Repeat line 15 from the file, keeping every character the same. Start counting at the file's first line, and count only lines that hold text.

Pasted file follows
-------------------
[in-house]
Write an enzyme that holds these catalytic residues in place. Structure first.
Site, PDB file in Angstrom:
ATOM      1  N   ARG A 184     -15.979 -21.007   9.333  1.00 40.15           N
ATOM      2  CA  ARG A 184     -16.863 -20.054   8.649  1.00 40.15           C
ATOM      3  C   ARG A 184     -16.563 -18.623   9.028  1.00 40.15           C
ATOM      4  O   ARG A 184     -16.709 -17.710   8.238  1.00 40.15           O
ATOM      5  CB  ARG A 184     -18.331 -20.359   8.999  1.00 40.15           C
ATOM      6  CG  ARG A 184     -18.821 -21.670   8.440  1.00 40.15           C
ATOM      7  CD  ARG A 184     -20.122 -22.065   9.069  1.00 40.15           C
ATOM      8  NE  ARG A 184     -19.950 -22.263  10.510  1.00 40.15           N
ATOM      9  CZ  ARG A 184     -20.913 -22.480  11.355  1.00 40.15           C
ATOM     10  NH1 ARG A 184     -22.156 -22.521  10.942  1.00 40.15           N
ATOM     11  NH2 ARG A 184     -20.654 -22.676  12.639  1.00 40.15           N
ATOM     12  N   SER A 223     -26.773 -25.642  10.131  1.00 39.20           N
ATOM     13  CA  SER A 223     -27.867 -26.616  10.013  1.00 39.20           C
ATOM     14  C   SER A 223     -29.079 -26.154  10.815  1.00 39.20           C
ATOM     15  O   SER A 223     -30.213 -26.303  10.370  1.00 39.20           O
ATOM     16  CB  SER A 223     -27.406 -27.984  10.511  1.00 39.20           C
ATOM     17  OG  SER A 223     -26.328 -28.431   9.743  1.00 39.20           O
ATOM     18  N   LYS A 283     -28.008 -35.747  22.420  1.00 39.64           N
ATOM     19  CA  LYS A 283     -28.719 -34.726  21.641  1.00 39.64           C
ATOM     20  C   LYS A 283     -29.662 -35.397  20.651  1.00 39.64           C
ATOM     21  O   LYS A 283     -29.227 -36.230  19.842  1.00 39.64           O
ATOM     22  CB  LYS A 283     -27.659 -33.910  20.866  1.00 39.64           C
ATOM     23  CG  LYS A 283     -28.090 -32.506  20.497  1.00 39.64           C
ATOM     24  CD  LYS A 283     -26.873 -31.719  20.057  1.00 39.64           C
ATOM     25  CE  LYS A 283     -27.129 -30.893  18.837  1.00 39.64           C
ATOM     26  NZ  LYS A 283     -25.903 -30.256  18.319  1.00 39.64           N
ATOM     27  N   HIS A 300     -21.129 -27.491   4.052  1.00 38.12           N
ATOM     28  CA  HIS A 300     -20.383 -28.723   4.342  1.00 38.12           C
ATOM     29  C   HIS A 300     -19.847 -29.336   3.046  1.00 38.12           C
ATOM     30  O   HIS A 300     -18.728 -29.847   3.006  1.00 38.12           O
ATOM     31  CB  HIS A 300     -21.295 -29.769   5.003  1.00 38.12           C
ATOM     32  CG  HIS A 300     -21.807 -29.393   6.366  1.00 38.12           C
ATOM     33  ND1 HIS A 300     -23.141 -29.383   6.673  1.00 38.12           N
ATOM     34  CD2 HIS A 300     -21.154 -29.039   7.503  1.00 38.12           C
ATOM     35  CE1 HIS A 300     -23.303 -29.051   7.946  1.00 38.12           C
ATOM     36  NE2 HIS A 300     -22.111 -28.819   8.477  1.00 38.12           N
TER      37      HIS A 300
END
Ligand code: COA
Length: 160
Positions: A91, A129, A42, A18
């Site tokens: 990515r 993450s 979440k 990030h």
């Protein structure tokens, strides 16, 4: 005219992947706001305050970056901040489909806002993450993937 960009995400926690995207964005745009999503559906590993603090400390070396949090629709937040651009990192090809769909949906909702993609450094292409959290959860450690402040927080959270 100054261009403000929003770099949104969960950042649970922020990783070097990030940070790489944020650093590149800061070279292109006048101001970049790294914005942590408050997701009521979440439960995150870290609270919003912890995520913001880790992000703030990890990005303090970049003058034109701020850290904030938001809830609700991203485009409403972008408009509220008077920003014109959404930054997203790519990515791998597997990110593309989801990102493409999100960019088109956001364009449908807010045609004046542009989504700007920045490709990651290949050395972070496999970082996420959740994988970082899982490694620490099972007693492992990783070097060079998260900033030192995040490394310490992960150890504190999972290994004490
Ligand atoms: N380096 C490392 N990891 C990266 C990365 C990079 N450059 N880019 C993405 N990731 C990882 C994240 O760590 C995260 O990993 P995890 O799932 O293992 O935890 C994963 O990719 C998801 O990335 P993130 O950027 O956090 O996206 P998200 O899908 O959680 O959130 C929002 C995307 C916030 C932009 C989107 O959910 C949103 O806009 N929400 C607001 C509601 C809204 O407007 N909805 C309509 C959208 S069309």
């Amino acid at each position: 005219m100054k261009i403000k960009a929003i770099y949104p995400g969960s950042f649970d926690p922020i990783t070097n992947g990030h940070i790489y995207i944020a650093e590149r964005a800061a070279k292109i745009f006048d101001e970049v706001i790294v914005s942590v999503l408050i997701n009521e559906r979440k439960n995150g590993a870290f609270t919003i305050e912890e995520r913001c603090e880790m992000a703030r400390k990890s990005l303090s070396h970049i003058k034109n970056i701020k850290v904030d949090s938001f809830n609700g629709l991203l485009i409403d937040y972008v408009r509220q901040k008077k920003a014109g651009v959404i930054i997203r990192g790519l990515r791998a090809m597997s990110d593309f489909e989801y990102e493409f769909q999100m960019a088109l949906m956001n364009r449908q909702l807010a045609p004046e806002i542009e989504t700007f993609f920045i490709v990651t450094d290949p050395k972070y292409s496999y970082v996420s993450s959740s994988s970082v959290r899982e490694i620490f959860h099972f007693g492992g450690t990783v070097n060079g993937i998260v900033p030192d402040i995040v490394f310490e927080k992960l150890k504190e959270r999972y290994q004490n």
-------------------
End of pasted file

ATOM     12  N   SER A 223     -26.773 -25.642  10.131  1.00 39.20           N